In the 1920s the railway companies needed a vehicle for town delivery traffic, which was at the time still largely horse drawn. The London Midland & Scottish Railway experimented and in late 1930 announced, with Karrier Motors the Karrier Cob, powered by a twin cylinder Jowett engine and with a mechanism to couple to existing horse trailers. Meanwhile the London & North Eastern Railway had approached Napiers', the car makers, for an answer to the same problem. They had ideas but did not wish to develop them and sold the project to Scammell. Their designer, O. D. North developed the three wheel tractor which automatically coupled and uncoupled trailers and in 1934 announced the "Mechanical Horse".

   With its 'square' wooden cab it remained unchanged until 1940s when it was redesigned creating the Scarab. This featured the automatic coupling but now used the Scammell 2,090cc side-valve engine in 3 and 6 ton versions and a Perkins diesel engine version was introduced. The cab was rounded and made from steel and the engine mounted lower improving stability. The railways continued as primary customer, although there were others, the manoeuvrability making it very popular for companies that had to contend with narrow streets in old towns and cities.

   The ability to automatically couple, or uncouple, from its trailers, was not the only unique feature on the vehicle. Another was that its single front wheel could turn through 360 degrees producing a highly manoeuvrable vehicle. Largely unchanged until the late 1940’s the tractor section was then redesigned for the Scarab, one new development was the introduction of a Perkins diesel engine option. The Scarab’s steel cab was rounder and with the engine now being mounted lower in the chassis the Scarab was much more stable. Its name derived from the rounded bonnet that resembled the wing covers of a Scarab Beetle. The Scarab 3-wheeled tractor unit was produced by Scammell between 1948 and 1967.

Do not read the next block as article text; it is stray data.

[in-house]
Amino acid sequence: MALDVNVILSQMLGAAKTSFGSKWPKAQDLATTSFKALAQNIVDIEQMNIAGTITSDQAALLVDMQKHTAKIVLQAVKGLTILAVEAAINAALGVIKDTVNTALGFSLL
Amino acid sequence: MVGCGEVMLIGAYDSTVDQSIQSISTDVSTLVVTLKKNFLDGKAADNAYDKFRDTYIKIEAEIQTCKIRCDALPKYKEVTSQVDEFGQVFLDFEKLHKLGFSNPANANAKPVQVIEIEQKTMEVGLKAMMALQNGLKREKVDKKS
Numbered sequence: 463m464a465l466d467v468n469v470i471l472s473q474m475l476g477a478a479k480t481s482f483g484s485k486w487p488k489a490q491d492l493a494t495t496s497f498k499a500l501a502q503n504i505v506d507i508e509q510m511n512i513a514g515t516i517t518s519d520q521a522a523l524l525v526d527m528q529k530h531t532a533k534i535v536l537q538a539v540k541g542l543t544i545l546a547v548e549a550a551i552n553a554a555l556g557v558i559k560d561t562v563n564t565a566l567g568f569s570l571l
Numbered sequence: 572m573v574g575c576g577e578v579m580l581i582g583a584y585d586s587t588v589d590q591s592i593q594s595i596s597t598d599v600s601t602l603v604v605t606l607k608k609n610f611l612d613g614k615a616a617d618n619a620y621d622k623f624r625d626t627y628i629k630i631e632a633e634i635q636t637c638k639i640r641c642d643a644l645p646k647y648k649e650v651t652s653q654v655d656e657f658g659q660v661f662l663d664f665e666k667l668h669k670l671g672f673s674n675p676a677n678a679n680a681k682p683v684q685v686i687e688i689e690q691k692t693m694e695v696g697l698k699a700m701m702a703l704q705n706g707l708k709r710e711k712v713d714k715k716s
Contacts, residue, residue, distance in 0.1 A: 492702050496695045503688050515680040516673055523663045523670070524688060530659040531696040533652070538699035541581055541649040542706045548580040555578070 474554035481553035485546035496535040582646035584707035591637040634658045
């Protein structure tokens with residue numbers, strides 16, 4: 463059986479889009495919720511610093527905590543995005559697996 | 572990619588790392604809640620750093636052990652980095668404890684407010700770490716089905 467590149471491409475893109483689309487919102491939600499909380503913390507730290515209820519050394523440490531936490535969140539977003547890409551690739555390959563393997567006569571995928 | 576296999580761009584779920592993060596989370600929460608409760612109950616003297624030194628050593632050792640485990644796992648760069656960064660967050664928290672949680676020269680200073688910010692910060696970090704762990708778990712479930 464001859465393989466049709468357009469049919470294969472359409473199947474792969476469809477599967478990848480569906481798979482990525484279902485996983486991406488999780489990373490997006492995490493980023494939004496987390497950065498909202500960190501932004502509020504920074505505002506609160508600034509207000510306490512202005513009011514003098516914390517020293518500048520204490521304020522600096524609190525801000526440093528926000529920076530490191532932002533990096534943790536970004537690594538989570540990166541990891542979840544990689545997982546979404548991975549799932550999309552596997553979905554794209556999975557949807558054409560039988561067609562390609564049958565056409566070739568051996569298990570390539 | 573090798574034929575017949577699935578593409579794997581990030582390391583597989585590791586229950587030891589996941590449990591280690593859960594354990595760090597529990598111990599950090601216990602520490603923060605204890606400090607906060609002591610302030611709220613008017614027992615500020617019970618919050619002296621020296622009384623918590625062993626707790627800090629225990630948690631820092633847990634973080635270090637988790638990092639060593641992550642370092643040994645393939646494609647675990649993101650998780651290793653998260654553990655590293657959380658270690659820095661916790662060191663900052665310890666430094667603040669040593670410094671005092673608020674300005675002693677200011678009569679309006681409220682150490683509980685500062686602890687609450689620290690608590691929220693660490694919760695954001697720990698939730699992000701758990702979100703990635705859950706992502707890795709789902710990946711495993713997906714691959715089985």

Production ceased in 1967 replaced the Scarab being replaced by the Townsman that featured a fibreglass cab, vacuum-assisted hydraulic brakes and automatic coupling now vacuum operated instead of the hand lever as in earlier models. Mainly only sold to British Rail and Royal Mail production ended in 1968.

   The Scammell or "FAR" was made under licence in France by Chenard-Walker with the Citroen Traction Avant engine. Production began in 1937 known as the Pony Mécanique. This continued until 1970. 

   A four wheel version was produced but problems with the cooling system meant only 200 produced, the majority exported to South Africa.

                                                                     1/72nd scale kit.

                                                                         Built by Rod.

   Built in the 1960s and one of the earlier models of the collection it was made from an Airfix kit now long out of production.

   Bear in mind it is a tiny vehicle, and in 1/72nd scale, so the real model is about 2cm tall and about 6cm long, much smaller than this picture.          

  The trailer looks like it has been nicely worn and weathered. Brush painted with enamel paints The black lines on the cab are not up to modern standards, but then again today we would use decal lining for the job.          


1948-67 Scammell Scarab van.
   Rod built the second version of this kit in 2020 before the world went into lockdown for the Covid19 Pandemic. This time he did two trailers with different loads. The kit is much the same as the original kit and he finished in the same way, with enamel paints and a brush.